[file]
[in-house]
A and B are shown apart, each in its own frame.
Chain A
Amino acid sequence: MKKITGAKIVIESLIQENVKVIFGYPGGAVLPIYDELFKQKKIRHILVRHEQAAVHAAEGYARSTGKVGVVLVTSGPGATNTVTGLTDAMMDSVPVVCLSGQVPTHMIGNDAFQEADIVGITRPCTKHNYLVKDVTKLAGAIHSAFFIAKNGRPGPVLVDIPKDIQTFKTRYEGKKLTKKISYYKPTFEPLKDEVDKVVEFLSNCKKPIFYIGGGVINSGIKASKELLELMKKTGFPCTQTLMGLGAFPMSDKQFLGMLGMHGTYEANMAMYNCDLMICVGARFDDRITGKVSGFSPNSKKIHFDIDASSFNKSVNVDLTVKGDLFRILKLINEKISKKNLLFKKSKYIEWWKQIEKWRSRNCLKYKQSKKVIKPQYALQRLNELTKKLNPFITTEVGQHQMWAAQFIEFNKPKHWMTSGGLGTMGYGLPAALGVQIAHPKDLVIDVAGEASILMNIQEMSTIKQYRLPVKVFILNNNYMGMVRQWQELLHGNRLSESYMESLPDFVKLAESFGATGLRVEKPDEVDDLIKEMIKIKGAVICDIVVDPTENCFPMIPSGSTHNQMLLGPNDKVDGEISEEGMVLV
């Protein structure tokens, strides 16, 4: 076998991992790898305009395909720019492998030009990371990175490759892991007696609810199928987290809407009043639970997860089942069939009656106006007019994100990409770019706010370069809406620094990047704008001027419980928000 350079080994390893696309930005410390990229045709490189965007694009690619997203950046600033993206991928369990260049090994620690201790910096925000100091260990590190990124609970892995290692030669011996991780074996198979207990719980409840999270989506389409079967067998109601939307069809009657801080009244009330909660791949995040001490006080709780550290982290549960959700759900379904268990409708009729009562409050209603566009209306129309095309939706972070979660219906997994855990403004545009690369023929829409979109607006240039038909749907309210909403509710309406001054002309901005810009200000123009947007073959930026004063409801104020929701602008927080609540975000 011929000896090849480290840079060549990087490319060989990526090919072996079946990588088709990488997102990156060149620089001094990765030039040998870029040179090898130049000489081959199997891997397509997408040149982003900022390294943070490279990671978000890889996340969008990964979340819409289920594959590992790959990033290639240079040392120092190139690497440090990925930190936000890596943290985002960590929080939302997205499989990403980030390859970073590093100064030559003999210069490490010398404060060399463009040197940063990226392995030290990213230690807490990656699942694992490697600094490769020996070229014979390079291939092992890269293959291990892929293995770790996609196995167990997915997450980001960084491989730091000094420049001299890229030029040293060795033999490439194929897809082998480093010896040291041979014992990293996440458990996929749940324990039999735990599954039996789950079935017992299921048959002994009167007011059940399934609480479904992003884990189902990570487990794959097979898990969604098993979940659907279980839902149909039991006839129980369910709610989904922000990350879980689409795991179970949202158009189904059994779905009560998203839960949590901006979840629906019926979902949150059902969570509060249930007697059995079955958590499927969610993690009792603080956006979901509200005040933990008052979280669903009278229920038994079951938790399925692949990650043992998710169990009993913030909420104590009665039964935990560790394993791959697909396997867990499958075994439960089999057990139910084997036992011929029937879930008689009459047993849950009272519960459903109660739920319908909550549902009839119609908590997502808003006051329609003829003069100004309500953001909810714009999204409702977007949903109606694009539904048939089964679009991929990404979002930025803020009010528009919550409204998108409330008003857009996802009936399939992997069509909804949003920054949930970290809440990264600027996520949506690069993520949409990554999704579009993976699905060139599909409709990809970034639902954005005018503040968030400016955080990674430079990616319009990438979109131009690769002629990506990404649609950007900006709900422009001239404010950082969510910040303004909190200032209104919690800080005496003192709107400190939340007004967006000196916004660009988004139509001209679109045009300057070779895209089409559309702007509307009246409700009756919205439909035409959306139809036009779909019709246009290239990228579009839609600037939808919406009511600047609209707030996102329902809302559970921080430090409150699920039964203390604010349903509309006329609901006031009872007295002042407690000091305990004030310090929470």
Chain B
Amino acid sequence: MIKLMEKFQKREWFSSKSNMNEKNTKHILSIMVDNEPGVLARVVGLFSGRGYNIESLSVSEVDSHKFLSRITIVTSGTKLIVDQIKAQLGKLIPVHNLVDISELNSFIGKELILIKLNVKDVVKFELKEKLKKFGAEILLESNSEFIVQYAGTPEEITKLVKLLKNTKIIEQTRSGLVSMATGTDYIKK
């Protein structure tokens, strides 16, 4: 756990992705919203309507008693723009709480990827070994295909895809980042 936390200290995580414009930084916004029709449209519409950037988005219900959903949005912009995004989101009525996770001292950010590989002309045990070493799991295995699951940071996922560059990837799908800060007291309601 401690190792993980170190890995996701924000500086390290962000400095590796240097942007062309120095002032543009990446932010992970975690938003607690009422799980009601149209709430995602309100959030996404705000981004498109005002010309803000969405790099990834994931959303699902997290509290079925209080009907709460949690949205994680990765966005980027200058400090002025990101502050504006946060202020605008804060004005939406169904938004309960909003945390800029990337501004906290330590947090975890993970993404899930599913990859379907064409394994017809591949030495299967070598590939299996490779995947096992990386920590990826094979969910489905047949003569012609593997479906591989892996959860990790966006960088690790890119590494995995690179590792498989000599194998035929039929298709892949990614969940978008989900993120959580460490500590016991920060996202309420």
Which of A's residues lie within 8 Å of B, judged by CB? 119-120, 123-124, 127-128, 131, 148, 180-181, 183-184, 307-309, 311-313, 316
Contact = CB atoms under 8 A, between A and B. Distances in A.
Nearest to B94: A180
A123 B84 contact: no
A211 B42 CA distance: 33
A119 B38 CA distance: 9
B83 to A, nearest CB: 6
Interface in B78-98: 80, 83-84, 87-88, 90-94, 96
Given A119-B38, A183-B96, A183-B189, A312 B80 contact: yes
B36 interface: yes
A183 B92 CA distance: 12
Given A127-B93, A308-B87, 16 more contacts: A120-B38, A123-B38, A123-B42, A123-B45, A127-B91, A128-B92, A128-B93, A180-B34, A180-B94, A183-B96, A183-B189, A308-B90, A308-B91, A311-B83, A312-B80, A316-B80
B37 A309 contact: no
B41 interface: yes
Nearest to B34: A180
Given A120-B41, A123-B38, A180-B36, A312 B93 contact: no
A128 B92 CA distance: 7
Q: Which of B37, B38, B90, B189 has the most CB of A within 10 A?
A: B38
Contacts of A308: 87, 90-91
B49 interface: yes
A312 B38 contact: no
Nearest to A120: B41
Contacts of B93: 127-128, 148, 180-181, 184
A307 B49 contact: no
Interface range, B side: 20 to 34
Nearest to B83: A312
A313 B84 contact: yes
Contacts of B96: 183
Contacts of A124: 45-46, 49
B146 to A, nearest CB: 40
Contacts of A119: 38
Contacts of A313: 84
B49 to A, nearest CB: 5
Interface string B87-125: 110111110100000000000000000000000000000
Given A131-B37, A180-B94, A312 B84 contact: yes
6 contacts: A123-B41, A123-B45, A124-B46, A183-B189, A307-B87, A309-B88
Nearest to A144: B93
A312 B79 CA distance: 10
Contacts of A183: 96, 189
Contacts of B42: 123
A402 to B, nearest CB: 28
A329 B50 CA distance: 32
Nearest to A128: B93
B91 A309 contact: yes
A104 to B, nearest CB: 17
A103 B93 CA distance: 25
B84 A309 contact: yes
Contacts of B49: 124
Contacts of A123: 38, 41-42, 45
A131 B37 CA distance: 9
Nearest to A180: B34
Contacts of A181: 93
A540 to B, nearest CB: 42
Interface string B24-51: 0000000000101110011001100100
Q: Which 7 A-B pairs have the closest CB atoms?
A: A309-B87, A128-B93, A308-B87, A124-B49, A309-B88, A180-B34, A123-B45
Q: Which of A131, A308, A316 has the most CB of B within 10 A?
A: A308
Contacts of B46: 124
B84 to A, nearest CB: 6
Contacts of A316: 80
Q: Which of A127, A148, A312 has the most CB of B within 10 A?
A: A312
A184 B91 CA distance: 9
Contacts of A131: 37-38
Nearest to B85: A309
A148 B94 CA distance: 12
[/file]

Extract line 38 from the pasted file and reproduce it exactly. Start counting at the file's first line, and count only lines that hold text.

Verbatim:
Contacts of A124: 45-46, 49